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What is Zero Emissions Day, and Why is it Important?

Zero Emissions Day is swiftly approaching on September 21st. Find out what Zero Emissions Day is, what the goals of the day are, and tips for how to participate and raise awareness.

What is Zero Emissions Day?

Zero Emissions Day, originally coined ZeDay, is an initiative created by Canadian activist Ken Wallace in 2008. The concept behind Zero Emissions Day is to "give the Earth a day off" from carbon emissions and environmental strain.  Zero Emissions Day was initially only observed in its place of origin, Nova Scotia, but the movement quickly gained traction and became a global phenomenon.

The goal of Zero Emissions Day is to make us more considerate about our energy usage and impact on our planet by not using fossil fuels for a full 24 hours. This day encourages participants to be deliberate in everyday actions, and reflect on ecological consequences that our behavior has. 

Fossil fuels are a finite source of energy, meaning one day they will run out. Life without fossil fuels is a future that humans will face one day, whether we like it or not. The graph below illustrates the amount of oil reserves per year at current usage. By motivating us to embrace more sustainable behaviors, Zero Emissions Day instills a greater consciousness of our energy consumption patterns. 

Graph of when various fossil fuels will run out

 Energy reserves in billion tonnes of oil equivalent (MAHB)


How to Celebrate Zero Emissions Day 

Commemorating Zero Emissions Day can be done in a lot of ways, both big and small. If you are truly committed, do as Wallace intended and go all day without using energy generated using fossil fuels. However, many people who want to celebrate Zero Emissions Day are unable to, as many essentials are ran on fossil fuels like energy, heat and transportation. 

Below are 10 ways that you can celebrate Zero Emissions Day and reduce carbon emissions, even if you can't commit to 0 fossil fuel usage.

  1. Change Up Your Commute: Transportation is a large contributor to carbon dioxide emissions. Utilize options such as public transportation, carpooling, biking, or walking instead of driving alone. 

  2. Go Meatless for the Day: One of the large sources of greenhouse gas emissions is livestock farming. For ZeDay, try eating only plant-based meals in order to shrink your carbon footprint like these from nutritionist, Sarah Bond. 

  3. Plant a Tree: Trees are a valuable addition to communities, as they absorb carbon dioxide and generate to oxygen. Plant a tree or even organize a tree planting event to offset emissions and help combat deforestation.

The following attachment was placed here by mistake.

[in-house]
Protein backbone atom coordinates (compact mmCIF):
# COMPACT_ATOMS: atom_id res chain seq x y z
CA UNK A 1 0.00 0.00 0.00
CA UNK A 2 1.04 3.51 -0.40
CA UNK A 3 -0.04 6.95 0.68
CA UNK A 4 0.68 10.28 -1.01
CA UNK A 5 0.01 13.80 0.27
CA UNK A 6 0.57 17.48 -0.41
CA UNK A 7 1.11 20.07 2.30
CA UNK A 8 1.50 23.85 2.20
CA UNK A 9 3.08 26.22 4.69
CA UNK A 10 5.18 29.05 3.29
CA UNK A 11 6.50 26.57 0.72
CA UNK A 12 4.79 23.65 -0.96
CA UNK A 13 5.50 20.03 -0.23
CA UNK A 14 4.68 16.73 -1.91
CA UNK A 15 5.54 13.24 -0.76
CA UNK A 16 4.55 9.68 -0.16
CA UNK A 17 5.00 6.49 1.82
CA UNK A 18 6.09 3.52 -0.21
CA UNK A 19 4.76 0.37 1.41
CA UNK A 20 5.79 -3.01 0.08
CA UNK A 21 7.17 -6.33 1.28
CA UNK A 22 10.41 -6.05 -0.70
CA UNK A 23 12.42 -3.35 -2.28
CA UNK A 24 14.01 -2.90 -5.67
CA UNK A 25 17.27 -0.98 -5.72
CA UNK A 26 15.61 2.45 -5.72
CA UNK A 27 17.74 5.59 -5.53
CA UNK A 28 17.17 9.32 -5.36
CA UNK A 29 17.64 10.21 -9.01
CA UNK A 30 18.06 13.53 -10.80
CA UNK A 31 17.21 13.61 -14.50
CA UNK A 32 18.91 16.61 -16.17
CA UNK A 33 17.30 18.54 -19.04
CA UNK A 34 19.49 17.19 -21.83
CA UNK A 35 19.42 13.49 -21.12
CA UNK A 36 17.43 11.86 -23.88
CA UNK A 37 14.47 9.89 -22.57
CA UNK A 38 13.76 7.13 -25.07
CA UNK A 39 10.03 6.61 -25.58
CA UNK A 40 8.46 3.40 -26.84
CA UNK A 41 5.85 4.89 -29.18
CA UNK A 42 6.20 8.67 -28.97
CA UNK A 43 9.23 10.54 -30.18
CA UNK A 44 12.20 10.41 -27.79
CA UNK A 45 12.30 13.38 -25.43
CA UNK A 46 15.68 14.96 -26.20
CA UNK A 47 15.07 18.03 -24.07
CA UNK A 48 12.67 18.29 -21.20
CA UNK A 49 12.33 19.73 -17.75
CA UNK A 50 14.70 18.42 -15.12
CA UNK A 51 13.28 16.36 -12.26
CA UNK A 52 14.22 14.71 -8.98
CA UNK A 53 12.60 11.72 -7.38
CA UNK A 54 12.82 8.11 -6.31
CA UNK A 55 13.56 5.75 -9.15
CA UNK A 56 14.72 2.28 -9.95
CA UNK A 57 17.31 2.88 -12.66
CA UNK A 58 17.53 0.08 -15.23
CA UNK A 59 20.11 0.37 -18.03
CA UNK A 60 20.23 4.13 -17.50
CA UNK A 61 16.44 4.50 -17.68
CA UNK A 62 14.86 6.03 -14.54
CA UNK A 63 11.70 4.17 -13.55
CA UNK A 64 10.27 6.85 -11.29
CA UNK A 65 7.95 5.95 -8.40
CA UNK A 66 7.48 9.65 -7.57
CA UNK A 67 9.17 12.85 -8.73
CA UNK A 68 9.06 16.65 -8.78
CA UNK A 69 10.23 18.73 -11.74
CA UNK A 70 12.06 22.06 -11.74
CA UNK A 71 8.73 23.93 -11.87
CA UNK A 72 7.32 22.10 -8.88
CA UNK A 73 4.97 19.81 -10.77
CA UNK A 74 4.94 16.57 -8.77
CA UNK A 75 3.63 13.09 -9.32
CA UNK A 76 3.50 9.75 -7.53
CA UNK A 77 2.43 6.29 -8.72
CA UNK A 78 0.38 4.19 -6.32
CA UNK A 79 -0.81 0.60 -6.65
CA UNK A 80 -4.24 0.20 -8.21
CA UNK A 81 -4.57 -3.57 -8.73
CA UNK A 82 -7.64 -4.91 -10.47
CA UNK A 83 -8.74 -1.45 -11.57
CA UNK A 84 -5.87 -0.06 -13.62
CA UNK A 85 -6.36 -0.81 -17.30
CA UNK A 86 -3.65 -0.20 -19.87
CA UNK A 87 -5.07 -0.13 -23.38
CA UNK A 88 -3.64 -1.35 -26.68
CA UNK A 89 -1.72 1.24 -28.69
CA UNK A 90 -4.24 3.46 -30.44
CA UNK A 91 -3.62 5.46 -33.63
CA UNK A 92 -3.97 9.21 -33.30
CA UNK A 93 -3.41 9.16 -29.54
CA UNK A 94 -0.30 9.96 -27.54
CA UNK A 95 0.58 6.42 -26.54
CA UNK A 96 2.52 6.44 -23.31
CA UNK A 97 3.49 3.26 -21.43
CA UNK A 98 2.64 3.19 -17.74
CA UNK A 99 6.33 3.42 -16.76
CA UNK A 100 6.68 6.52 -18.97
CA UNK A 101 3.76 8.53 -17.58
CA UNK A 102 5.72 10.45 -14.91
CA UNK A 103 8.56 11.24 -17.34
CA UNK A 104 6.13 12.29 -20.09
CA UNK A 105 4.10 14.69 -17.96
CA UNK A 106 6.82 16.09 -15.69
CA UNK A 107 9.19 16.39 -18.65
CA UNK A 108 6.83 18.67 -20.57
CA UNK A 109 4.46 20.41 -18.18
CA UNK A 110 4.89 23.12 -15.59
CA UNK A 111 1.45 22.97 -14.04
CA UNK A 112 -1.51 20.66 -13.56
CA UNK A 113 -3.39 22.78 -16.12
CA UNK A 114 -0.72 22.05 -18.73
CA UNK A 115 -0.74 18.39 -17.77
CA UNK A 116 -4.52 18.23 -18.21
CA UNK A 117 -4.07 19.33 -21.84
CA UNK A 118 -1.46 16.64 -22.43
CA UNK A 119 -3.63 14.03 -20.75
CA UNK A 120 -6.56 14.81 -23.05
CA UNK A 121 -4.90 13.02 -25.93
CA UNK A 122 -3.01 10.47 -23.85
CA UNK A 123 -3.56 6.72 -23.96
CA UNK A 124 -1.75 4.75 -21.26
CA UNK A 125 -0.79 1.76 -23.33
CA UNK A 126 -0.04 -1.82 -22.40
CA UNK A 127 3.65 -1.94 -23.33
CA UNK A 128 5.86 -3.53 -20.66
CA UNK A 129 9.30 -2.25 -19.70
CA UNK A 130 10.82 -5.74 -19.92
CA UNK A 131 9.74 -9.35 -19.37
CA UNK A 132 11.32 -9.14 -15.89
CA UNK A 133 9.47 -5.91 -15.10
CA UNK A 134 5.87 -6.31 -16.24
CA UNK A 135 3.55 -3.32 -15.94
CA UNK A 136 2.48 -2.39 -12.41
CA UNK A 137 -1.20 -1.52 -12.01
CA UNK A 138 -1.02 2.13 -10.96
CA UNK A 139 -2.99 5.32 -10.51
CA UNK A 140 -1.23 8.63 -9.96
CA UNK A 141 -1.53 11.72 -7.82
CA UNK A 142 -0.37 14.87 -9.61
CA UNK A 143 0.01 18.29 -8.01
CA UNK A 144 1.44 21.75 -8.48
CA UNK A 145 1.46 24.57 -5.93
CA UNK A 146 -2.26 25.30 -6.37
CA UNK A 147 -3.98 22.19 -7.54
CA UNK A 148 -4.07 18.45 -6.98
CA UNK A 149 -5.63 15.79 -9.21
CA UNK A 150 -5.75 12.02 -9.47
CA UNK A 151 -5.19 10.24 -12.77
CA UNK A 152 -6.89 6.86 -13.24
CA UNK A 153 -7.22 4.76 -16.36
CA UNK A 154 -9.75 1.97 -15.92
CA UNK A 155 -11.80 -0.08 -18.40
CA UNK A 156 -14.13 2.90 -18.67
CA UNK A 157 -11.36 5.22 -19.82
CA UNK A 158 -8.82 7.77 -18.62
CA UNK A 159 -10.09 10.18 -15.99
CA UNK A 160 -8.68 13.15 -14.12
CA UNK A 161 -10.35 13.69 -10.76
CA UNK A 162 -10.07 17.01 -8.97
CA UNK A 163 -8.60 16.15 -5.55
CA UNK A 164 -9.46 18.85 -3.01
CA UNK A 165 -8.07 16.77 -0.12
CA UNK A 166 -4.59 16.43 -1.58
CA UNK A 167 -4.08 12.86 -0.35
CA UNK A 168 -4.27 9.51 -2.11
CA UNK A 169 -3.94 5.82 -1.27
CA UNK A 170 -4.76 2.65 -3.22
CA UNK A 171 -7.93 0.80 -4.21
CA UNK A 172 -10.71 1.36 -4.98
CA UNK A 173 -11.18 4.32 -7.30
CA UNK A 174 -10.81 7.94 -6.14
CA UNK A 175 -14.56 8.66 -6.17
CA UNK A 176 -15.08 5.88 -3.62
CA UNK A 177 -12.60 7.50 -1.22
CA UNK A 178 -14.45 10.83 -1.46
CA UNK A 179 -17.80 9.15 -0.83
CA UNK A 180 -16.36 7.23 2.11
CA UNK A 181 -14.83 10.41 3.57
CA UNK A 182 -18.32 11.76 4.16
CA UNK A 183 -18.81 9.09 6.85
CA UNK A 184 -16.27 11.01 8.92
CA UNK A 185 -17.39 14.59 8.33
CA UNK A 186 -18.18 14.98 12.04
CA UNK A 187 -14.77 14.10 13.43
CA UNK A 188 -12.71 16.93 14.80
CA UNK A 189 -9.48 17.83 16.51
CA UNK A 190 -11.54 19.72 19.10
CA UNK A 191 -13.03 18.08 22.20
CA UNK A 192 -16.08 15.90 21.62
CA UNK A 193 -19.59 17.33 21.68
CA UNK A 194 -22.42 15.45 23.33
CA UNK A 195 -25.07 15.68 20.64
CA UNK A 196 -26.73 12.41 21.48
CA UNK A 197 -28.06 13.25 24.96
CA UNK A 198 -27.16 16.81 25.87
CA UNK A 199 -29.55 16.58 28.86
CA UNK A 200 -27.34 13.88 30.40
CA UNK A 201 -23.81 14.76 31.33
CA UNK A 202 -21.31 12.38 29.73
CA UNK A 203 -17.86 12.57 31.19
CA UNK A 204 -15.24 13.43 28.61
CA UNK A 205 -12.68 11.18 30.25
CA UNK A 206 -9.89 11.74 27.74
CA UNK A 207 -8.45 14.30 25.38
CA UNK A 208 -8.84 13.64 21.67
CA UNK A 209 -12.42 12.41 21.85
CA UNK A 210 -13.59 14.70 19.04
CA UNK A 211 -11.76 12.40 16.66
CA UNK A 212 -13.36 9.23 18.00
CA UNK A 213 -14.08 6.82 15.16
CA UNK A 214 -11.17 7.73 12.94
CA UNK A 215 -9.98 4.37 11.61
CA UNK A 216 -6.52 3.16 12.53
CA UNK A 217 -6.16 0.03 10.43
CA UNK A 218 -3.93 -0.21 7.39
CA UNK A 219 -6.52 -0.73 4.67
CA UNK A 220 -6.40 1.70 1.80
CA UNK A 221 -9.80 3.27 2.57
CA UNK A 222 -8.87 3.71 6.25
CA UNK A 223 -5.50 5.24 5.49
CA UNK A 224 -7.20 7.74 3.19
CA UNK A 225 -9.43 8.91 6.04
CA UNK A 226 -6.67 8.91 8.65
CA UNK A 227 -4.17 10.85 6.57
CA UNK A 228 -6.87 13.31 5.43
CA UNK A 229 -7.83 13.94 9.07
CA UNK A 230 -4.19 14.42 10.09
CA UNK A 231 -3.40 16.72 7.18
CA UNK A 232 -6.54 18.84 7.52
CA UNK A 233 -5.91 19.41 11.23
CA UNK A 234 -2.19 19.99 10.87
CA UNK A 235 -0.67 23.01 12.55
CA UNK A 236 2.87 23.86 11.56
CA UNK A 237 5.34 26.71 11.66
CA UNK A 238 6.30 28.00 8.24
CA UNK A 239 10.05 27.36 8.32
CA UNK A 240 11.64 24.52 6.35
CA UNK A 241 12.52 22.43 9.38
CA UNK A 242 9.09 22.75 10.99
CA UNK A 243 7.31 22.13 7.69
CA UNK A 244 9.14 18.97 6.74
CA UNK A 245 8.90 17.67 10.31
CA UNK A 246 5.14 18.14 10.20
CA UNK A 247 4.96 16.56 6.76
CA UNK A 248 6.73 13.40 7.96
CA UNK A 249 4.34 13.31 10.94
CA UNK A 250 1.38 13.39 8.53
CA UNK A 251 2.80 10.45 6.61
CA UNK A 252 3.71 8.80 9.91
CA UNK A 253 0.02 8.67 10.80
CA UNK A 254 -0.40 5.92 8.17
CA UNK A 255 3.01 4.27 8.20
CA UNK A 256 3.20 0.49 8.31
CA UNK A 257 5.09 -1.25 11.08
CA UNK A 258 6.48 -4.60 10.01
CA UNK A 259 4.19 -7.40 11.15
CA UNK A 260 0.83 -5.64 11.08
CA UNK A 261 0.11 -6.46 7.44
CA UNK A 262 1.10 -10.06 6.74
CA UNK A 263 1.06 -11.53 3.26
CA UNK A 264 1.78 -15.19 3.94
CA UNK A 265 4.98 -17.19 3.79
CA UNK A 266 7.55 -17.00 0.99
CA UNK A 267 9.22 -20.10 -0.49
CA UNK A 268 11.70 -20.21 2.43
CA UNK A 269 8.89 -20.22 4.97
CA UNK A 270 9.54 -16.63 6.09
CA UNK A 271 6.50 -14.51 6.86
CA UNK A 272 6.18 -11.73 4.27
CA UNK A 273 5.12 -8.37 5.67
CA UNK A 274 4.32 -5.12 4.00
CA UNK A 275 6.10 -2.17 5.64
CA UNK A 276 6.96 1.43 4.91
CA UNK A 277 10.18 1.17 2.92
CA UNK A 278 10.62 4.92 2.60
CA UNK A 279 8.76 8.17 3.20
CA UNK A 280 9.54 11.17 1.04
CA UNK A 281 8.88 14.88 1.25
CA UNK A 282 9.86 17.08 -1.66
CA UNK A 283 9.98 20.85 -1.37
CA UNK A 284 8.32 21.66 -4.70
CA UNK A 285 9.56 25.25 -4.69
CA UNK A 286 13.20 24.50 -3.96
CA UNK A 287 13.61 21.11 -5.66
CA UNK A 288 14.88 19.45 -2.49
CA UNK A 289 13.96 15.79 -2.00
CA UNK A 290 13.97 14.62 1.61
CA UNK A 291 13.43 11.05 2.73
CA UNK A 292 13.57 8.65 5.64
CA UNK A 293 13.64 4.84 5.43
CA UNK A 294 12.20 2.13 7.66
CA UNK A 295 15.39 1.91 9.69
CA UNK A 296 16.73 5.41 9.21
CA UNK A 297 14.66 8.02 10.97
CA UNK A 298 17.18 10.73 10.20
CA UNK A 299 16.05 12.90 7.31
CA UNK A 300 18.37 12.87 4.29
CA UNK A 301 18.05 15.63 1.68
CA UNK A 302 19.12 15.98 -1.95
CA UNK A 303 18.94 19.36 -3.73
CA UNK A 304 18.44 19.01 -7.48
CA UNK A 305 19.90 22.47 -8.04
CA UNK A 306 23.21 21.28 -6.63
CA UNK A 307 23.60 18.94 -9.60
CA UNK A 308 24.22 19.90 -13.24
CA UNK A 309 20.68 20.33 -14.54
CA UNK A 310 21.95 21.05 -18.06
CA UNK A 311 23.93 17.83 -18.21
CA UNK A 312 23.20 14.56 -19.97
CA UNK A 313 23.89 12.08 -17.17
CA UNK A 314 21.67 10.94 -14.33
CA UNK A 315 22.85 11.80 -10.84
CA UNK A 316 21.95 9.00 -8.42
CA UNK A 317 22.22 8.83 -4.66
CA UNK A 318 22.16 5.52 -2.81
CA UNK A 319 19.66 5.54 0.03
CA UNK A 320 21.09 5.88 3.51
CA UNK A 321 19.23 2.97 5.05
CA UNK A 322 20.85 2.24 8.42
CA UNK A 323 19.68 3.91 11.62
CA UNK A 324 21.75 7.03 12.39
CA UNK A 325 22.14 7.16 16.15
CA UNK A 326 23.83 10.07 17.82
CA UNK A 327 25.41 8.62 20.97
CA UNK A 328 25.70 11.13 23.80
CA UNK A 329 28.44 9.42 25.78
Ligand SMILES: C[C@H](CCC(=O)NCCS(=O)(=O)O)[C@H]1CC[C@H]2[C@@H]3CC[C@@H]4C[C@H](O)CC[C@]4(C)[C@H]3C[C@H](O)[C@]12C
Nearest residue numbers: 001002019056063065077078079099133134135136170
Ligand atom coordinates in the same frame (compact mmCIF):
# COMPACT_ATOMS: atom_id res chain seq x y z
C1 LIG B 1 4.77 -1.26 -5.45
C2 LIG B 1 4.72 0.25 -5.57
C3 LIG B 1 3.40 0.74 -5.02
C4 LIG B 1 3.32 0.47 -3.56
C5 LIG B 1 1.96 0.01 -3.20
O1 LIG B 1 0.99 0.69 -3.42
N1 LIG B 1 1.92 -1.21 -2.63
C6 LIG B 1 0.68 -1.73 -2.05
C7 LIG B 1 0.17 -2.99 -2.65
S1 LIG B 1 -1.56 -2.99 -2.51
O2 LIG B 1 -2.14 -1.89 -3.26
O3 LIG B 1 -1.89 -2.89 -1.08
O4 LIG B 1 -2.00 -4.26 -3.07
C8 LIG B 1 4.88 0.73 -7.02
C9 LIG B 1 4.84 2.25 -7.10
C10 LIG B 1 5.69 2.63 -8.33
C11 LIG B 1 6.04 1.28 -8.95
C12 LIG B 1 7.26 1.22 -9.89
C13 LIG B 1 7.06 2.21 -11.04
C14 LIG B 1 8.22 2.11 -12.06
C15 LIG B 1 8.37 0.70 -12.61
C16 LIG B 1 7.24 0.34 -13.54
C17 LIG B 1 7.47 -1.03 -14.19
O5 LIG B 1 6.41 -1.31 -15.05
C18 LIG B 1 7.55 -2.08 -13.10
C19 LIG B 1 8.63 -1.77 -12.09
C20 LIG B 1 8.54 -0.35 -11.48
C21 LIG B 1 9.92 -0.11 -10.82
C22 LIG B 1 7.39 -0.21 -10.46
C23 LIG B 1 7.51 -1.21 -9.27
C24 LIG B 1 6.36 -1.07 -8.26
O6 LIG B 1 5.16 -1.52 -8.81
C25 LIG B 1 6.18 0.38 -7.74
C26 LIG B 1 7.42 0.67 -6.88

4. Raise Awareness: Organize a discussion, webinar, or panel to educate others about the importance of why it's important to reduce emissions and adopting more sustainable practices.

  5. Cut Down on Energy Usage: Try to go the day without using unnecessary energy by being conscious about lights, unplugging electronics and hand washing dishes.

  6. Calculate Your Carbon Footprint: For Zero Emissions Day, calculate your personal or household carbon emissions to identify where you can make improvements. Use online calculators (like this one from the Environmental Protection Agency) to help you through this process.

  7. Invest in Renewable Energy: If possible, invest in renewable energy sources like solar panels for your home. On a smaller scale, you could also research renewable energy initiatives in your town and support them.

  8. Try Upcycling: Upcycling is the process of creatively reusing old and unwanted items and making valuable new ones. Try having friends over for an upcycling craft day. Find easy upcycle projects here.

  9. Community Cleanup: Join or organize a community clean up organization. By restoring public areas like parks, streets and natural areas, you can help raise awareness about the impact of pollution. 

  10. Reach Out to Representatives: Use Zero Emissions Day to advocate for technology and initiatives that promote emissions reduction and climate action. Write letters or emails to your elected officials urging them to take meaningful steps toward a sustainable future.

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